Toughest road ahead for Rio


Oken Jeet Sandham

NOBODY thought the ruling Naga People’s Front would wrest 38 seats in a house of 60 in the just concluded 12th Nagaland Assembly elections held on 23 March. The once powerful Congress suffered a humiliating defeat, getting just eight seats. The NPF-led Democratic Alliance of Nagaland came to power in 2003, overthrowing a most powerful SC Jamir Congress ministry.

The Naga political issue was always central for all the parties and their candidates during electioneering to woo the electorate; besides, they would prominently place it as one of the agendas in their election manifestos. Also, the Naga people would give their attention and concern to this, asking all the political parties to spell out their agenda towards finding a solution to the Naga issue and sometimes they would even urge them to come up with a timeframe. The BJP even went to the extent of giving a timeframe solution to the protracted Naga political issue if it was voted to power.

In spite of all these gimmicks, the electorate in Nagaland has proven to be more mature, not taken in by all this rhetoric. They formed their own judgment and chose not to connect the state elections with that of the Naga political issue. They knew very well that Neiphiu Rio had ruled the state for the last 10 years and what he did and how much he did towards finding a solution to this issue.

Nagaland voters wanted a government that could deliver the goods. They had, perhaps, realised that even if the protracted Naga political issue was resolved, there would hardly be any changes. Having seen 16 years of the peace process between the government of India and NSCN(IM) leaders and the last 10 years of Rio’s rule, they seemed educated enough about the pros and cons and the would-be outcome of the Naga issue. Therefore, it would not be entirely correct to describe Rio’s being voted to power for the third term as having something to do with the Naga political issue. One thing Nagas could see in him was that he could bring about more development in the state. They could understand that there could be no alternative to Rio’s Dan ministry, at least this time. They could not see the Congress being able to run affairs, given the party’s record of disorganisation.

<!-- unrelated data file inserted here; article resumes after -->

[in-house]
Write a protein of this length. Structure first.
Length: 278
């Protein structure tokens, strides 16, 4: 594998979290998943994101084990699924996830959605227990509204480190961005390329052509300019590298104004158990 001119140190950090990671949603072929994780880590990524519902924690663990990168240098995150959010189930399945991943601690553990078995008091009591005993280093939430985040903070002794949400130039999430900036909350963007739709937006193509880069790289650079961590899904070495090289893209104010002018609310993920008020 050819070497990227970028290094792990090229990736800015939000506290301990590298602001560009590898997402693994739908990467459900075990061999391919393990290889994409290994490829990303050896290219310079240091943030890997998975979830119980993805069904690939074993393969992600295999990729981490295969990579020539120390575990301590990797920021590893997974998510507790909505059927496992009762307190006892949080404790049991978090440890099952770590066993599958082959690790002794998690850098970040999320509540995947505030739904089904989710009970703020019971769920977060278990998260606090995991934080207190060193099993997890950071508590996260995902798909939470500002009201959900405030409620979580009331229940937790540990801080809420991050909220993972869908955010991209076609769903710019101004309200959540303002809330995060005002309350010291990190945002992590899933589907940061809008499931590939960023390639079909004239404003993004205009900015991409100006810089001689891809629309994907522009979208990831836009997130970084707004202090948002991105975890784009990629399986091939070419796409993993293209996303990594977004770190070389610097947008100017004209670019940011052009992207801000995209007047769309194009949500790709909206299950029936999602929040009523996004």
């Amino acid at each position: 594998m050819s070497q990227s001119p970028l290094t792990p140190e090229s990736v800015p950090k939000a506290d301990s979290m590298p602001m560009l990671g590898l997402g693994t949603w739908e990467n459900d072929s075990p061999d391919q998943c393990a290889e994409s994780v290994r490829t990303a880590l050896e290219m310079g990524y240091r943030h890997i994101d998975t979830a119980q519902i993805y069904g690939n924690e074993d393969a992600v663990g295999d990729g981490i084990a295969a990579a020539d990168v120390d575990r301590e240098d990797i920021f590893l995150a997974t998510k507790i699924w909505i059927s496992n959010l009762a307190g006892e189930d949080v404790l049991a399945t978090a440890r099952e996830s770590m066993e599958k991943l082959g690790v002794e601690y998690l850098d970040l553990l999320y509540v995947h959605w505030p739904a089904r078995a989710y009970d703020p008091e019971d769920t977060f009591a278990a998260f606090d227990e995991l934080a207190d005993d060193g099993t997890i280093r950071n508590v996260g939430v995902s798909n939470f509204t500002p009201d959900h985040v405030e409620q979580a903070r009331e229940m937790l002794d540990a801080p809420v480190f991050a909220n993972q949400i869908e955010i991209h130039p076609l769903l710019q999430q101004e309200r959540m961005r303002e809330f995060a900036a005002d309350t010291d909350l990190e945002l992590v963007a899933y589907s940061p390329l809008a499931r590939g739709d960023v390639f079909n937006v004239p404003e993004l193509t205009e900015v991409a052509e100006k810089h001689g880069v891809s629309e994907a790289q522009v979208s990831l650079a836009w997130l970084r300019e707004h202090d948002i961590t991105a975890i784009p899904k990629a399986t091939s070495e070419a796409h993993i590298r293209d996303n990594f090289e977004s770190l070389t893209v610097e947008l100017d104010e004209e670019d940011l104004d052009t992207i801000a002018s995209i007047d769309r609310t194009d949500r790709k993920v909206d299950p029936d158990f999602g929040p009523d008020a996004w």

Rio, after being re-elected chief minister for a record third term, has set his agenda to especially restrengthen his Dan ministry’s approach towards finding a solution to the Naga political issue. While presenting his vote-on-account on 16 March in the state assembly, he reiterated that the Naga issue was at the top of his government’s agenda and promised that his government would play the role of facilitator in the longstanding peace process. He said his ministry was committed to step down and pave the way for any alternative arrangement that may come about through a negotiated political settlement that was “honourable and acceptable to the people”.

Although Rio commands brute majority in Nagaland, he faces a very typical threat — not from the opposition but from within the NPF. Within hours of the swearing in of the new cabinet ministers and parliamentary secretaries, protests broke out by their supporters over the allocation of portfolios. Many NPF legislators expressed serious discontent at not having been inducted into the new cabinet.

Within hours, Rio was forced to swap portfolios between two seniors cabinet ministers and had to allocate additional portfolios to appease the agitated parliamentary secretaries.

Whether or not he is committed to according top priority to the Naga political issue this time, it is not possible for him to concentrate on it for as long as there is no cohesion within the NPF. This time, the BJP and JD(U) won a seat each, and the strength of Dan-III is 40 in a house of 60. As yet, nobody is interested in whether Rio’s ministry will be stable or not, or even whether a solution to the Naga issue will come about or not; they are more concerned about development and employment in the state. And Rio knows this. The NPF legislators are likely to be his main hurdle.

Originally Published at : The Statesman (


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